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Old 03-07-2018, 08:16 PM   #26
Trevor57
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The biggest bang for the buck, in terms of lap time benefits are camber, and rear end. I cannot disagree more with mocambique-amazone about the differential issue. Open differentials are garbage. You will never leave a corner well with an open diff. We would spin 235/40/17 star specs leaving corners when the 240 was still NA! We gained 2 secs+ a lap just by doing a welded diff. Of course there are better options, but unless your drivers are unskilled a welded diff is better than an open diff if you actually want some exit speed.

Find a way to get a decent amount of camber in the front. Not only for tire wear, but to actually get some turn in. We extended the lower control arms, and tie rods. No fancy plates, but it was cheap, and effective. Lots of trial and error to get it set up though, since it is not as adjustable. I think it ended up about 3 deg, and I am very happy with it.

We run ipd springs and konis. Compliant cars are easier to drive fast for a long time, and nobody touches us in the rain. I value the ABC's of endurance racing. Always Be Comfortable! I would bet if you did some real testing with soft springs and a good shock, vs stiffer springs and the same shock the lap times would not be significantly faster, but I'm sure there may be some people that will disagree.

We run stock brakes with carbotech pads. I have tried damn near every pad available in the stock shape, and these are the ones we have had the most success with. I forget the compound, but if you call them, and tell them what you are doing they will get you set up, and they give a lemons discount.

We are entering our 9th season in our 240, and over 16,000 race miles. A few wins, a few trophies, and a lot of people with this face as they are passed by a "station wagon"
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Old 03-08-2018, 11:12 AM   #27
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Originally Posted by Trevor57 View Post
The biggest bang for the buck, in terms of lap time benefits are camber, and rear end. I cannot disagree more with mocambique-amazone about the differential issue. Open differentials are garbage. You will never leave a corner well with an open diff. We would spin 235/40/17 star specs leaving corners when the 240 was still NA! We gained 2 secs+ a lap just by doing a welded diff. Of course there are better options, but unless your drivers are unskilled a welded diff is better than an open diff if you actually want some exit speed.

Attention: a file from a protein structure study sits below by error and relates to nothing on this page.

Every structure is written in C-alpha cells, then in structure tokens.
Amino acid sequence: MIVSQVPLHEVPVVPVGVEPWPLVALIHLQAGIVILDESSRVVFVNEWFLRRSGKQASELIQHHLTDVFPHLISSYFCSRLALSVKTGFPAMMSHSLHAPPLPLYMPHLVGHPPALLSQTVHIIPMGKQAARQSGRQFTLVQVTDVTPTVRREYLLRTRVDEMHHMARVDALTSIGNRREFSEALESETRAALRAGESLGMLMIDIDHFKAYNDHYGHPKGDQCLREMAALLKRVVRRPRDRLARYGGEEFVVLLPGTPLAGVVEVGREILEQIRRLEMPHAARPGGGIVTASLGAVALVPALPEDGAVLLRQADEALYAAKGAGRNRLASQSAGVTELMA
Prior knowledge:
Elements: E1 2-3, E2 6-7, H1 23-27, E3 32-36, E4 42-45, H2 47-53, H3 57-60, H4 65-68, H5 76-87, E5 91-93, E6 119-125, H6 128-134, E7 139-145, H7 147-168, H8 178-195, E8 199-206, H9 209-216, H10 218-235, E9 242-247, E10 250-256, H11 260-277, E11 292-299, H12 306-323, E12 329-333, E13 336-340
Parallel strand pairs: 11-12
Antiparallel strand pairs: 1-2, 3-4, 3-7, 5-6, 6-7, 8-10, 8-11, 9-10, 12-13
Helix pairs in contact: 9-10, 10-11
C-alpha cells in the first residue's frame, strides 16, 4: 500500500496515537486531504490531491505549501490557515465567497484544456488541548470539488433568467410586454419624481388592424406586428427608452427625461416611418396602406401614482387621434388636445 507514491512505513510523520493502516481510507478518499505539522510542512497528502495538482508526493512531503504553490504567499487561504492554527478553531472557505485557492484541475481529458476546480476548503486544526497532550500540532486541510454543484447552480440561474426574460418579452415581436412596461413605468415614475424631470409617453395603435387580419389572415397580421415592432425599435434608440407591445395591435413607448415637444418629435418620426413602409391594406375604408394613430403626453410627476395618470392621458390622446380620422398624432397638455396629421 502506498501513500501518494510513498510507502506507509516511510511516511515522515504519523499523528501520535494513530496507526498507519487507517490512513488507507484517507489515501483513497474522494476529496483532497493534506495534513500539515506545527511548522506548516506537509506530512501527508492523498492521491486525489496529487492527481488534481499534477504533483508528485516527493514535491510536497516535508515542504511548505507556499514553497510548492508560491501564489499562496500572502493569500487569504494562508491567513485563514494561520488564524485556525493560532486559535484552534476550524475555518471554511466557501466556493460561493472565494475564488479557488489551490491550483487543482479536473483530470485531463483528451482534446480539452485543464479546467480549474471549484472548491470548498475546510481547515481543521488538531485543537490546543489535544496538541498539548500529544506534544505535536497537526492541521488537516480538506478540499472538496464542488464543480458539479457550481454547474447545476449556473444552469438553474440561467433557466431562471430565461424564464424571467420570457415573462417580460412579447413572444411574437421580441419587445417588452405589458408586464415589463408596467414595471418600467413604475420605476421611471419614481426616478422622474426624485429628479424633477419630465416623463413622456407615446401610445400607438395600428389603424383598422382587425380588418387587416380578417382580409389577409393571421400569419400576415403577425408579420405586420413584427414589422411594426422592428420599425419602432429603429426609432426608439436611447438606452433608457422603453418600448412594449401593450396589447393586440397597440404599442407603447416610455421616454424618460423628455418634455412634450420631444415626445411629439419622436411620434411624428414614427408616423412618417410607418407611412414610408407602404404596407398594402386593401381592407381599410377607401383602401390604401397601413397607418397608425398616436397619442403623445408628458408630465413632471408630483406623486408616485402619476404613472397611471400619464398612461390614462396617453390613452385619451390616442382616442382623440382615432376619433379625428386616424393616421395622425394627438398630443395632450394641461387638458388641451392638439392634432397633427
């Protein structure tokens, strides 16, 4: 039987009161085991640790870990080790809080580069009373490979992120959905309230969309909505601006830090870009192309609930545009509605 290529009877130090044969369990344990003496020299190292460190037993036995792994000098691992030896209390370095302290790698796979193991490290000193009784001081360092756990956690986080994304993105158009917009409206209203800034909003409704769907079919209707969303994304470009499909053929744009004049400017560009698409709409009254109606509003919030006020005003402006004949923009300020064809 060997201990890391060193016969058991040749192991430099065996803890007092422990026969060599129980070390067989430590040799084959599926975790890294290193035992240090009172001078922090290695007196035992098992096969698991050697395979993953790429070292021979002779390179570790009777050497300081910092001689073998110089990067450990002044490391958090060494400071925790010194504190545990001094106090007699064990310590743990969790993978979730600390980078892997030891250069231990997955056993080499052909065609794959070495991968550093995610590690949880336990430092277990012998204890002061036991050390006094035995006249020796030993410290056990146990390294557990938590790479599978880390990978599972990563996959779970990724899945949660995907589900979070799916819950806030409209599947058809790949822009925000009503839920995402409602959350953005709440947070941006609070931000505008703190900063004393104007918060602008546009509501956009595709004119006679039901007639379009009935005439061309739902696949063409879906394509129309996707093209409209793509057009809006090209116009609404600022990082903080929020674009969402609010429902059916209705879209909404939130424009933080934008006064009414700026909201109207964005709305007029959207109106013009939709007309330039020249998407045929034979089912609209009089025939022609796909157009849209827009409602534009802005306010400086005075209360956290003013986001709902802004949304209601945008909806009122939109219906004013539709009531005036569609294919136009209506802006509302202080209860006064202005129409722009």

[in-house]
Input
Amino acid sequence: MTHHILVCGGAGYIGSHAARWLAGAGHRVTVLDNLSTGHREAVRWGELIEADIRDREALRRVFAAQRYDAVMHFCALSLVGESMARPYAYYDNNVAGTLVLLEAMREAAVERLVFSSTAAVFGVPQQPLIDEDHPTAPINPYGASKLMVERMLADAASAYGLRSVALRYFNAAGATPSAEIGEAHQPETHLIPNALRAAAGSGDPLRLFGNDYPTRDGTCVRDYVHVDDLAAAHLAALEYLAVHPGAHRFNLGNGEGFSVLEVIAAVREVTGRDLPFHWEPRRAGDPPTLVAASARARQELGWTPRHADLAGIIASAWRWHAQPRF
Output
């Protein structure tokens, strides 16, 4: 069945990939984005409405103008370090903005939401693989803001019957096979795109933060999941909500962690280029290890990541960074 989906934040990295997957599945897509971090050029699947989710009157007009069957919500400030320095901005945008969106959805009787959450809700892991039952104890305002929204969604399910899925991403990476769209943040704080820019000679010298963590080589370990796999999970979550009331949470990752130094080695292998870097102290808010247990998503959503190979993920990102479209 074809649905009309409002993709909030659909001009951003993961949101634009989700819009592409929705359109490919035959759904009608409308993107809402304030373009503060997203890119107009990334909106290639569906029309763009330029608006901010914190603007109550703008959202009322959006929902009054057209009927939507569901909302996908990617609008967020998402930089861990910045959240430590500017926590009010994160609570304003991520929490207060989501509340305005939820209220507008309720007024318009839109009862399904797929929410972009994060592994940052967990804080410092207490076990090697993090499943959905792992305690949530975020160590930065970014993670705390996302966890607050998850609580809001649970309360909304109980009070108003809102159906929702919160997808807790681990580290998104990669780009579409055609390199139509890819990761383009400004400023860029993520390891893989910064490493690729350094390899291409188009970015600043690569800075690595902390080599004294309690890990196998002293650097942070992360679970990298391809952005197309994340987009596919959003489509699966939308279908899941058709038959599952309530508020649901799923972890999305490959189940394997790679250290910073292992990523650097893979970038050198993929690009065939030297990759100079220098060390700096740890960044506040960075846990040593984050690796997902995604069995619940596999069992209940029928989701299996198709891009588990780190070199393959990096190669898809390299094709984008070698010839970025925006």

Find a way to get a decent amount of camber in the front. Not only for tire wear, but to actually get some turn in. We extended the lower control arms, and tie rods. No fancy plates, but it was cheap, and effective. Lots of trial and error to get it set up though, since it is not as adjustable. I think it ended up about 3 deg, and I am very happy with it.

We run ipd springs and konis. Compliant cars are easier to drive fast for a long time, and nobody touches us in the rain. I value the ABC's of endurance racing. Always Be Comfortable! I would bet if you did some real testing with soft springs and a good shock, vs stiffer springs and the same shock the lap times would not be significantly faster, but I'm sure there may be some people that will disagree.

We run stock brakes with carbotech pads. I have tried damn near every pad available in the stock shape, and these are the ones we have had the most success with. I forget the compound, but if you call them, and tell them what you are doing they will get you set up, and they give a lemons discount.

We are entering our 9th season in our 240, and over 16,000 race miles. A few wins, a few trophies, and a lot of people with this face as they are passed by a "station wagon"
Thanks for the detailed description of your car and what you found that works for your team. It seems like welded differentials and rear bars are a hot topic! I think I am going to leave the differential alone until I can get my brakes working the way they should. Nobody complained about not being able to put down power coming out of the corners except in one turn. I imagine as we get faster that will start becoming an issue.